As the state’s eviction moratorium ends, landlords and tenants are flocking to now overrun lawyers to try and understand new regulations.
The moratorium, which barred landlords from evicting tenants due to failure to pay rent, ended on June 30, and there are currently no protections for those who cannot pay rent for July and afterwards. Lawmakers did create a grace period for rent repayment until February 28, 2022, but it will not include rent missed beyond June 30. The grace period also does not include anything about evictions.
However, there is support out there to help address any needs relating to this.
The Oregon State Bar partnered with legal aid providers to host a webinar to update landlords and tenants about rules and to try to answer questions. The webinar is available at osbar.org.
The agency also has a website about landlord-tenant law which includes up-to-date information about the current laws and has other links for legal help.
The city of Corvallis also has a webpage dedicated to renters and landlords impacted by the COVID-19 pandemic.
If the thought of sifting through that is daunting right now, do not fret; skip to the heading that best describes your housing situation.
There are several options for rental assistance, but starting with the Oregon Emergency Rental Assistance Program is ideal.
OERAP assists eligible low-income households with rent and utilities that are past due using funds from the Federal Emergency Rental Assistance Program. Those eligible may request assistance dating back to March 13, 2020. For more information or to view their website go to https://www.oregonrentalassistance.org/.
Community Services Consortium also offers assistance to those who have fallen behind on rent or utilities, or continue to fall behind due to an emergency or loss of income. The fund for rental assistance for COVID-impacted households is suspended, but utility assistance is still available as well as their usual rental assistance programs. To get in contact call 541-704-7625 or reach out by email at firstname.lastname@example.org. For help with the screening process there are CSC Agency Partners available in English and Spanish.
Casa Latinos Unidos provides pre-screening for CSC programs to Spanish-speaking community members, and also offers support for those financially impacted by the COVID-19 pandemic.
For those excluded from the federal unemployment insurance program because of immigration status, the Oregon Worker Relief Fund provides temporary disaster relief. Those who qualify can reach a “navigator” to begin the process. To find one, click here for Spanish and here for English.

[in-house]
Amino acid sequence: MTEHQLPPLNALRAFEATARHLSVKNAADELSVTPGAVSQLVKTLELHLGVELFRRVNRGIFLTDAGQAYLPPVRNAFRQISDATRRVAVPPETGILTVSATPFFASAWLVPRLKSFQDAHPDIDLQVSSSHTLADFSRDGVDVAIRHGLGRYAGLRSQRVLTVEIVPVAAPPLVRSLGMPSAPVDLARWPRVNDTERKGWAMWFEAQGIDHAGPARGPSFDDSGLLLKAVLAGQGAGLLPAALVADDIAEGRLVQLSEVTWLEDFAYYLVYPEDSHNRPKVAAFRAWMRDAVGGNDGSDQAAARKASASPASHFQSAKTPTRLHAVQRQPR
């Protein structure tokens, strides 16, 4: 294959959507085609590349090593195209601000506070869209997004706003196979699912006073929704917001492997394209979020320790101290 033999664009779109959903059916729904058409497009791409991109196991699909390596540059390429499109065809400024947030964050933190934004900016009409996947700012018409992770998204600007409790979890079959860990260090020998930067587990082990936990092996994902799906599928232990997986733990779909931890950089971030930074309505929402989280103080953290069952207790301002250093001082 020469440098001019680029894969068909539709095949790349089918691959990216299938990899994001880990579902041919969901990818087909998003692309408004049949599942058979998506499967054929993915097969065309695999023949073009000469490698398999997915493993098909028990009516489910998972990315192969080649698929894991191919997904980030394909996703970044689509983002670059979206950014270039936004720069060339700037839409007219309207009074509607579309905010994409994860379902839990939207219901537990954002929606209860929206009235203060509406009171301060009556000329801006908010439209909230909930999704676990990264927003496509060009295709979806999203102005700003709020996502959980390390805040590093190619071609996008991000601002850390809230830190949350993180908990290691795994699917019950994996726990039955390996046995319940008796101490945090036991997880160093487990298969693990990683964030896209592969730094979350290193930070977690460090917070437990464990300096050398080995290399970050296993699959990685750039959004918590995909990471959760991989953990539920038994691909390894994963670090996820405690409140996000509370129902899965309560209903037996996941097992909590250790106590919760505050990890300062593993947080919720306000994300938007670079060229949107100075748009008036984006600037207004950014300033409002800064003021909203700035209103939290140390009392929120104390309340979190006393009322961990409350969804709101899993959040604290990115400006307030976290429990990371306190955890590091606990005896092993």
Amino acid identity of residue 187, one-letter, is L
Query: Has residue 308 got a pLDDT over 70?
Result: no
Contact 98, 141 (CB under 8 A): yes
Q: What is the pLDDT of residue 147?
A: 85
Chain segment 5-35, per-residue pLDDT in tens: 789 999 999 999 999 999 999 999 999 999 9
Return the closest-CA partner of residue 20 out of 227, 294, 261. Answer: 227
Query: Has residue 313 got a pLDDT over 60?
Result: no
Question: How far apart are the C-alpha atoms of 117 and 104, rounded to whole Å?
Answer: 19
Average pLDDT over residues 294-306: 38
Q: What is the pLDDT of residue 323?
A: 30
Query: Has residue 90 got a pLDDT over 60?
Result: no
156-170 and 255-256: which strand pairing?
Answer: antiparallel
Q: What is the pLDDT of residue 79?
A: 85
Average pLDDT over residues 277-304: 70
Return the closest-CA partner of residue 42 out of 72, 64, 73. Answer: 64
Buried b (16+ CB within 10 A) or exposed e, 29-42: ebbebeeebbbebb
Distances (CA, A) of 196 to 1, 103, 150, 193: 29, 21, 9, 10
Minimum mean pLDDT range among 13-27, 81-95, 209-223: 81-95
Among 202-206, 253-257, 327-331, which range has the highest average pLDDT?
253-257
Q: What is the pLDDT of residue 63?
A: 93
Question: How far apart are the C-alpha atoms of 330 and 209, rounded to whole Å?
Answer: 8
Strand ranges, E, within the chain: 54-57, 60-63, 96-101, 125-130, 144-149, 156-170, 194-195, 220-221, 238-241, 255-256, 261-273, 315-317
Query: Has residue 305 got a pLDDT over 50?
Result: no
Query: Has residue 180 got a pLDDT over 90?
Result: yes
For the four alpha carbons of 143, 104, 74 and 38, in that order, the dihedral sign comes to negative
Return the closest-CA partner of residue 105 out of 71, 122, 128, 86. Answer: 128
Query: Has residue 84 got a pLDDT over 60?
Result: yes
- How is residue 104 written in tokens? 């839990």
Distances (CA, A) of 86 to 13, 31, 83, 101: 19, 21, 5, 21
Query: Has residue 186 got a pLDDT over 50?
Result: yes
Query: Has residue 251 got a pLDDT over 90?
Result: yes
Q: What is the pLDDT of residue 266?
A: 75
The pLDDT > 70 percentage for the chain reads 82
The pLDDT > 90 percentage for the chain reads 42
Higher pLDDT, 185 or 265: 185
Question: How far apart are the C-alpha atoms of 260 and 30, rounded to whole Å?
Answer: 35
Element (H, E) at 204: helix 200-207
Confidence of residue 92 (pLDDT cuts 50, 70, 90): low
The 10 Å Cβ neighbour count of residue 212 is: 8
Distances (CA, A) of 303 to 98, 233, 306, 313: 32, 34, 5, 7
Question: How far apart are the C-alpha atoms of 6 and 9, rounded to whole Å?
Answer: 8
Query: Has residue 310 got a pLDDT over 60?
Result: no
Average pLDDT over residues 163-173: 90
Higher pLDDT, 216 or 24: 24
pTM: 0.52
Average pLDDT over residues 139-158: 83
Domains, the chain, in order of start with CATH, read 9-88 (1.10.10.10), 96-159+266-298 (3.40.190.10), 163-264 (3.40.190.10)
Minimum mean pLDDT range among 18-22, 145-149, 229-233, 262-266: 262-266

For needs regarding communicating about finances, the Community Alliance of Tenants has published reference material and templates.
The state legislature provided $150 million for this optional, one time program, to help landlords keep tenants in their home. Selected landlords will get 80% of rent they are owed by current qualified tenants from April 2020’s rent and on if they forgive the remaining 20% of unpaid rent.
The third round of the program is open, and now includes modifications to make the process easier. To watch a step-by-step tutorial on how to apply, click here.
On the webpage there is also information about notices, important forms, and how to fill out any of the above and apply for programs.
If you are a tenant or landlord and need information about things other than housing particularly but rather housing adjacent, this section is for you.
For assistance with utilities, reach out directly to providers as some are making exceptions. The city water service is also working with customers to create payment plans or keep accounts current, and the Utility Billing Department might also have options for those struggling to make water service payments.
Tenant/landlord relationships can be interesting to navigate, and clear communication is hugely important, so both Oregon Rental Housing Association and the MultiFamily NW are offering forms to address the eviction moratorium and spell out the law and what it means for both parties.
For help resolving a dispute, there is also a mediation service available called Neighbor 2 Neighbor that connects a neutral third-party to those with a dispute in order to resolve it.
Lastly, to keep up to date on laws about housing discrimination and COVID-19, click here.
By: Hannah Ramsey
Correction: We were incorrect in our details about what services are available through Community Services Consortium. The error has been fixed.